The keto diet can cause flu-like symptoms in response to carb withdrawal.
Starting a new diet is a common New Year's resolution, and one of the most popular among them is the keto diet. This low-carb, high-fat diet has been hailed for its weight loss potential. But some people may be surprised to find that they experience flu-like symptoms after starting the diet — often referred to as the "keto flu." While keto flu symptoms can be unpleasant, they're usually temporary, and you can take steps to reduce them.
If you're thinking of trying the keto diet this year, read on to learn more about the keto flu, including what to expect and how to minimize its effects.
What is the keto diet?
The ketogenic, or keto, diet is an eating pattern that focuses on low amounts of carbohydrates, high amounts of fat and low to moderate amounts of protein. This usually works out to 70% to 80% fat, 10% to 20% protein and 5% to 10% carbohydrates.
The idea behind the keto diet is that, by reducing carbohydrates (the body's main energy source), you can force your body to burn fat for fuel. Normally, your liver converts carbohydrates into glucose to fuel your body. But when there isn't enough glucose, the body starts breaking down stored fat. The liver then produces ketone bodies from fat, which can be used as a source of fuel in the absence of glucose. The accumulation of ketone bodies in the blood is called ketosis. It usually takes a couple of days to reach ketosis, and eating too much protein can stop that process.
What causes keto flu?
When your body enters ketosis, you might experience flu-like symptoms. This is your body adapting to carbohydrate withdrawal. The sudden switch from using carbs and glucose as fuel to using fat as fuel can be confusing for your body. Normally, your body only enters ketosis if you're starving or fasting. It can take some time to adjust to this new way of eating.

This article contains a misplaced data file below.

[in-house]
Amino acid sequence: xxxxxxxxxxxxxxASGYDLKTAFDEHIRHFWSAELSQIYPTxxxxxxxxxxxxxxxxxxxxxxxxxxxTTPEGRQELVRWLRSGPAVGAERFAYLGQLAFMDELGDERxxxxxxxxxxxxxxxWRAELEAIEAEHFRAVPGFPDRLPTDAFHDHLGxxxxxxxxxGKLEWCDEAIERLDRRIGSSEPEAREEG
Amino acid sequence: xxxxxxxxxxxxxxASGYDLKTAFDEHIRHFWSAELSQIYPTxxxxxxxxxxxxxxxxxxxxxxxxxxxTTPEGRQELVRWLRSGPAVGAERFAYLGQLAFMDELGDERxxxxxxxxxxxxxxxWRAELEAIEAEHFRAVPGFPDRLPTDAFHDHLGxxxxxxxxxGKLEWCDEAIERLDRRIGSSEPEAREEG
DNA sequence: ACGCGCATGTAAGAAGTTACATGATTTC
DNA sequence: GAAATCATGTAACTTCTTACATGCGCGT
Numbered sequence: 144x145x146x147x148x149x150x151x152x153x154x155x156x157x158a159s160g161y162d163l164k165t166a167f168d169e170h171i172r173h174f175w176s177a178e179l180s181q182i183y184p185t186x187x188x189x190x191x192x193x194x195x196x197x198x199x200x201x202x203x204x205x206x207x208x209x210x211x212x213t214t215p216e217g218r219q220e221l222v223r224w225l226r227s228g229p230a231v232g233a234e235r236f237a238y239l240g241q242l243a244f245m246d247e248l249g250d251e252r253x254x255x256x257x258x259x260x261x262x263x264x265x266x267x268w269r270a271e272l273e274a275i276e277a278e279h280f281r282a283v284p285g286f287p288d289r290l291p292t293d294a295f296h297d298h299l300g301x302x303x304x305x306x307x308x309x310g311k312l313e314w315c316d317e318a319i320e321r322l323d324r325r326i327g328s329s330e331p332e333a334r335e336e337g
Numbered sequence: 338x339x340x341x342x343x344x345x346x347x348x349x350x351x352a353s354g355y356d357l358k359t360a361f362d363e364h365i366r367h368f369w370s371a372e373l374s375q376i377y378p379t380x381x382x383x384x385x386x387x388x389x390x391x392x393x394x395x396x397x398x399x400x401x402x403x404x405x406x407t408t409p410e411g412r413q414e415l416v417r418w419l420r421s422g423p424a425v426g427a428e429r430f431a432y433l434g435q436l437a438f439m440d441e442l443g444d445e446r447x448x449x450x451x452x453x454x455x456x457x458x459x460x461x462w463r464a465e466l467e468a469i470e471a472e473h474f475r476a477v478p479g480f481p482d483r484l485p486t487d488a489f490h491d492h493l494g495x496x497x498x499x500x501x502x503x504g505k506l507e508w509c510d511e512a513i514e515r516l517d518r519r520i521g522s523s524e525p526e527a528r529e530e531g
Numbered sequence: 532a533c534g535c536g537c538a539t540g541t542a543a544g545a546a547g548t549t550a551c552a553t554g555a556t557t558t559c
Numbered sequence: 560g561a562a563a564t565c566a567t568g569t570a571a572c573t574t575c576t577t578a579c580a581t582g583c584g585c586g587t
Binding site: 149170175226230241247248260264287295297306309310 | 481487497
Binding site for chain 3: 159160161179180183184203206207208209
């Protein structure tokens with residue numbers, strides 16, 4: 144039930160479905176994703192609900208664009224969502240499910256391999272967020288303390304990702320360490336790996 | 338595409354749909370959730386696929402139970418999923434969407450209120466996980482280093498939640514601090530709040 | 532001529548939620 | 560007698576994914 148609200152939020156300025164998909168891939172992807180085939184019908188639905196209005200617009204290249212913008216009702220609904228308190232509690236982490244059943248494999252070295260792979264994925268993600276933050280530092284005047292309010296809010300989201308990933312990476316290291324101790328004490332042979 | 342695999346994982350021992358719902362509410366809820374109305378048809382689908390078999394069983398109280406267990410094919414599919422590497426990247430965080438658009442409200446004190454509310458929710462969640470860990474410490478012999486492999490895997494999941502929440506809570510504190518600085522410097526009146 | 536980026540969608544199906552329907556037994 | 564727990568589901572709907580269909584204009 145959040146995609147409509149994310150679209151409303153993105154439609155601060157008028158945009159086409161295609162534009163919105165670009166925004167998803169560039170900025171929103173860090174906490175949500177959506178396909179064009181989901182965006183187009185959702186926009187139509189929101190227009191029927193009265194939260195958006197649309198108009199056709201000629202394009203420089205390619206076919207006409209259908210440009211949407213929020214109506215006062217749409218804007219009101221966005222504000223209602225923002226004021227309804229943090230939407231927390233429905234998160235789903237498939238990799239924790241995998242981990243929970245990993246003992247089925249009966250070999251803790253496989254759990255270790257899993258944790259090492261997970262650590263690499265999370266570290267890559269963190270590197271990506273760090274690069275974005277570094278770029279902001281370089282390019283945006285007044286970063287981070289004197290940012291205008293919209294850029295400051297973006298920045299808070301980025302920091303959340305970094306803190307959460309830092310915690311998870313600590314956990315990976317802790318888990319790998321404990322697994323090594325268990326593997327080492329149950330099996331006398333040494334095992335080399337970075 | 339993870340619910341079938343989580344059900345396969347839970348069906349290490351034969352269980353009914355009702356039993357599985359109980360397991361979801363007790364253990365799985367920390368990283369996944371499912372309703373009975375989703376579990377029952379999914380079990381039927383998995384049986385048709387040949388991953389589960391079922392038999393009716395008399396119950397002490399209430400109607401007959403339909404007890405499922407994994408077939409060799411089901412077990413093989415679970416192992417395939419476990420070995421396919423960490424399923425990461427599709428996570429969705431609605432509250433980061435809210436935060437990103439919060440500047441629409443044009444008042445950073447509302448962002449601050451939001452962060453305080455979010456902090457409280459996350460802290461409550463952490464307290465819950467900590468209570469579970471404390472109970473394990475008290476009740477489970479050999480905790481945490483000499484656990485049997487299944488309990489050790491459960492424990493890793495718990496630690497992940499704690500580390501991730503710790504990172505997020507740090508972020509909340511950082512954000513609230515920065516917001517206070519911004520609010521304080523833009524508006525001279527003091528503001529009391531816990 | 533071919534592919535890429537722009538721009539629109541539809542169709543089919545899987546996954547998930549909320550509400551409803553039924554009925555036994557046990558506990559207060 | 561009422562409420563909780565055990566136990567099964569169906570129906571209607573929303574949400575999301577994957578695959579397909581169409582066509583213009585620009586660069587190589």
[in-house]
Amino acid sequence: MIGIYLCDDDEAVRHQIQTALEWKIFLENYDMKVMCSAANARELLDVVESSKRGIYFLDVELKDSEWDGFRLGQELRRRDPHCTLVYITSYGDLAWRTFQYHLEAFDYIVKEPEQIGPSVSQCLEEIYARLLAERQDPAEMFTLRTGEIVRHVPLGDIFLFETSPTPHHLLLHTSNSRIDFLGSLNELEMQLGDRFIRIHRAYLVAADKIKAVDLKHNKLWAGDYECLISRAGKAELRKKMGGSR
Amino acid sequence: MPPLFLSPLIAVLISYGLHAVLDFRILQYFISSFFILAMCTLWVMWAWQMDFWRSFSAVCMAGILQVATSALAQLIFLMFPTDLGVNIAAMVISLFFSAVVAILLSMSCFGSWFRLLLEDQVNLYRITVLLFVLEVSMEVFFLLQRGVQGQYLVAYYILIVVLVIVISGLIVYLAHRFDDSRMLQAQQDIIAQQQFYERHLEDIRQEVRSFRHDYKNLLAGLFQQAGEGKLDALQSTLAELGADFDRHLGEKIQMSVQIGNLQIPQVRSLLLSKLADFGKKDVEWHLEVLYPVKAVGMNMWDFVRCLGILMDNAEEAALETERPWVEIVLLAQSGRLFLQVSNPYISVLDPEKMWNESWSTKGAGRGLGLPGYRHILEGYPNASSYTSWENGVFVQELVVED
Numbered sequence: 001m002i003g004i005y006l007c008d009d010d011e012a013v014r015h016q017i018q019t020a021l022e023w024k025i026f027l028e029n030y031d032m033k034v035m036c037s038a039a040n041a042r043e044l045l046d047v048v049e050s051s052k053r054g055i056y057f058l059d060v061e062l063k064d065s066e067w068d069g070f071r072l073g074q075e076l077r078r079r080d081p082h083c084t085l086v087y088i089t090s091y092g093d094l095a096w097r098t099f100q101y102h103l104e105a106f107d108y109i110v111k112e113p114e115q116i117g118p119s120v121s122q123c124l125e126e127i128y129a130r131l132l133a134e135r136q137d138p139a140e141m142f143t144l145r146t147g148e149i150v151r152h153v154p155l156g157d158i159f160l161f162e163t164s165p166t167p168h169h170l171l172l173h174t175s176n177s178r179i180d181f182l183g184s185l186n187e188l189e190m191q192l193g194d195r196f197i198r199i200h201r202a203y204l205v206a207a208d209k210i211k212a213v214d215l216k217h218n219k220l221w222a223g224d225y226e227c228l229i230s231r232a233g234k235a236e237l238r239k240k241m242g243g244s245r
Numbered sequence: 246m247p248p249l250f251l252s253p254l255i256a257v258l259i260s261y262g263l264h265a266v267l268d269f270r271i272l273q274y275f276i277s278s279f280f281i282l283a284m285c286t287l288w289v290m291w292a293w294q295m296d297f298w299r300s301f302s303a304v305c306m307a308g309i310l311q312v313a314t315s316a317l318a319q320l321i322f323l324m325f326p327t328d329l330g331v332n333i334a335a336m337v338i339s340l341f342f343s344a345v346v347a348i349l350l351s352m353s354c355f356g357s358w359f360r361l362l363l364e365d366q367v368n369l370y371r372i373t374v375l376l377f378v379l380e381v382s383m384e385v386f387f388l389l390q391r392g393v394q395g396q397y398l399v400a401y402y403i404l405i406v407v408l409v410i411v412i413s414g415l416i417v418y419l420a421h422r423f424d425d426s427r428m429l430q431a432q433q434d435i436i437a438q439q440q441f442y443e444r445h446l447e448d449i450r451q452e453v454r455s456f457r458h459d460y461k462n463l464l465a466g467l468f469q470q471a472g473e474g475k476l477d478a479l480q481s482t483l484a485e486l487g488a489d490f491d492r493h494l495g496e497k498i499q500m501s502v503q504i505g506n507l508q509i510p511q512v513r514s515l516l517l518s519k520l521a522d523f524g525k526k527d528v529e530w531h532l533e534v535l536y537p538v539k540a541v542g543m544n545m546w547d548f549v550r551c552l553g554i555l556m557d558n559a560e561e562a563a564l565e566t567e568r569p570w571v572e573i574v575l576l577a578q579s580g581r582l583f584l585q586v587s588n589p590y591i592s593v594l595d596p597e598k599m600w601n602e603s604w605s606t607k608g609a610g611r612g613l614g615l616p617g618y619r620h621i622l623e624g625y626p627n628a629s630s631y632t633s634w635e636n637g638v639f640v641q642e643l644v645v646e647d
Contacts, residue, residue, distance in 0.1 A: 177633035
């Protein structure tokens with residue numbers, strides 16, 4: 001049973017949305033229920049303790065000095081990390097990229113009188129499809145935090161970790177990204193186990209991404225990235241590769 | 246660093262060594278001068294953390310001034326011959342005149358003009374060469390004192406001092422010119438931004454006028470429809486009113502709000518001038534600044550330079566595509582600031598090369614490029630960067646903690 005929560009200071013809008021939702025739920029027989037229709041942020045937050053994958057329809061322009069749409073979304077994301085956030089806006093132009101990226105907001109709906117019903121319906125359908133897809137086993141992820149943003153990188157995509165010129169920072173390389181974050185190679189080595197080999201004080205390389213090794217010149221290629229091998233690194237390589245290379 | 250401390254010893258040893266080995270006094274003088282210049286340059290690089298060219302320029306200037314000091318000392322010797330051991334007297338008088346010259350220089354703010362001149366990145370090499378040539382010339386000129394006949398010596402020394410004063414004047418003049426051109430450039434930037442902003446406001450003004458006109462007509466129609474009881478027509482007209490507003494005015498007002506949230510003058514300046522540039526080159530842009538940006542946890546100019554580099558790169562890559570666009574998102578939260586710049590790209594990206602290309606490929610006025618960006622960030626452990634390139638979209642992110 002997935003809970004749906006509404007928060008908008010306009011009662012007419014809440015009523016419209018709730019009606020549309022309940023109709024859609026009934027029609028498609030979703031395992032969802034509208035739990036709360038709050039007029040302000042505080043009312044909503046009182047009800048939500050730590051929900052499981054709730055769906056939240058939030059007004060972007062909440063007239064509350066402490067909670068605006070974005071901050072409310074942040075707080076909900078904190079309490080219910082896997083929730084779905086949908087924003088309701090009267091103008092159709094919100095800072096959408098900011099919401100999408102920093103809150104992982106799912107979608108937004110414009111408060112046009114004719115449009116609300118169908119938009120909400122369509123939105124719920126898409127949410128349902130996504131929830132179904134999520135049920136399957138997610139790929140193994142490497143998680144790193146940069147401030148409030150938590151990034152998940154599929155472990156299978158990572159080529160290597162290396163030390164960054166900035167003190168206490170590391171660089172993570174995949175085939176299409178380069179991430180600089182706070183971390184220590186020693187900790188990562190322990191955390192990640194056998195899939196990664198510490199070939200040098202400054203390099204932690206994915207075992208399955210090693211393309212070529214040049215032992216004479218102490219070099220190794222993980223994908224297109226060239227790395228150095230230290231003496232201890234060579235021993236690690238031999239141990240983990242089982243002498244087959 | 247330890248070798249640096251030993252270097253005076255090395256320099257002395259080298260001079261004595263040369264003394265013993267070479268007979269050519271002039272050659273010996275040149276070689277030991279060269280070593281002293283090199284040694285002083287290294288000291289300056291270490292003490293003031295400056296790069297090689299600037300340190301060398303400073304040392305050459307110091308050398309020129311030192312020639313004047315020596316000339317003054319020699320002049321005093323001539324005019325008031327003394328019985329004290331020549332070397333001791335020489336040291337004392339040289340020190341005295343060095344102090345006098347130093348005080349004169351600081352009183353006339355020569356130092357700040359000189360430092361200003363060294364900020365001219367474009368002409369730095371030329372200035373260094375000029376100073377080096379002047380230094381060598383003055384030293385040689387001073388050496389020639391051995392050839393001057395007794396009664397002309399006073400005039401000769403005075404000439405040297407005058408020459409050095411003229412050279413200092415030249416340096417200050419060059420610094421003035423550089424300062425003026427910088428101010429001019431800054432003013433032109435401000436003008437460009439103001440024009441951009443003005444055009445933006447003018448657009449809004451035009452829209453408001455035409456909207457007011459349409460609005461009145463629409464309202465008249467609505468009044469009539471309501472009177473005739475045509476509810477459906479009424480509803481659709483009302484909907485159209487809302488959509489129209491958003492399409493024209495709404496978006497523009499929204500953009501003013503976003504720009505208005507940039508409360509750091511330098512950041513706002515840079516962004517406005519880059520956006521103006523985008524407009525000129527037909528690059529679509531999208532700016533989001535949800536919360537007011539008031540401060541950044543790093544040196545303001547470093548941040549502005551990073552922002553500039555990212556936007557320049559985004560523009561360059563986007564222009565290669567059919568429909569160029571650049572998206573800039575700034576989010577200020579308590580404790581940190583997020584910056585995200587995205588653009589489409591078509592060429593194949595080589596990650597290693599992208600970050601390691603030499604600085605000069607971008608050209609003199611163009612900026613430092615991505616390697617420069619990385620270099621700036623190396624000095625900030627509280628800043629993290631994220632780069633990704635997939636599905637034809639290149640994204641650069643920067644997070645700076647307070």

The symptoms of keto flu usually appear within the first two days of starting the diet. They can range from mild to severe. The symptoms usually last a few days, but they can last several weeks in some cases.
Signs of keto flu
Keto flu symptoms may include:
- Brain fog
- Diarrhea or constipation
- Food cravings
- Increased thirst
- Trouble falling or staying asleep
How can you reduce keto flu symptoms?
The symptoms of keto flu can be uncomfortable, but you can manage or reduce them in a few ways.
If you plan to start a keto diet, slowly cut back on carbs while increasing the amount of fat and protein. This can help you ease into the diet and make the transition smoother. Eating more fat can also help reduce cravings for the foods you'll need to avoid on the diet, such as bread and pasta.
Drinking enough water is key for good health in general, but it can also help reduce keto flu symptoms. The diet can quickly deplete your water stores, putting you at risk for dehydration and electrolyte imbalances. Glycogen is the stored form of carbohydrates, and it binds to water in the body. When you reduce your carb intake, glycogen levels also go down. Additionally, ketones have a diuretic effect, so you may urinate more frequently when you switch to a keto diet. Staying hydrated helps replace lost fluids and minimizes symptoms like fatigue.
Adjust your workout routine
Exercise is important for staying healthy, but avoid strenuous exercise if you're experiencing keto flu symptoms. Focus on lighter activities such as walking or yoga instead.
Moderate caffeine intake
Caffeine is a stimulant, and it can have a negative impact on sleep. It's not uncommon for people who have keto flu to have trouble sleeping, so cut back on caffeine to help reduce this risk.
Making healthy choices year-round
If your symptoms don't improve after a couple of weeks or if you're experiencing symptoms such as fever or vomiting, talk to your doctor. Consult your doctor before starting the diet, too. While it's safe for most people, the keto diet may not be appropriate for children, teenagers or people who are pregnant or breastfeeding.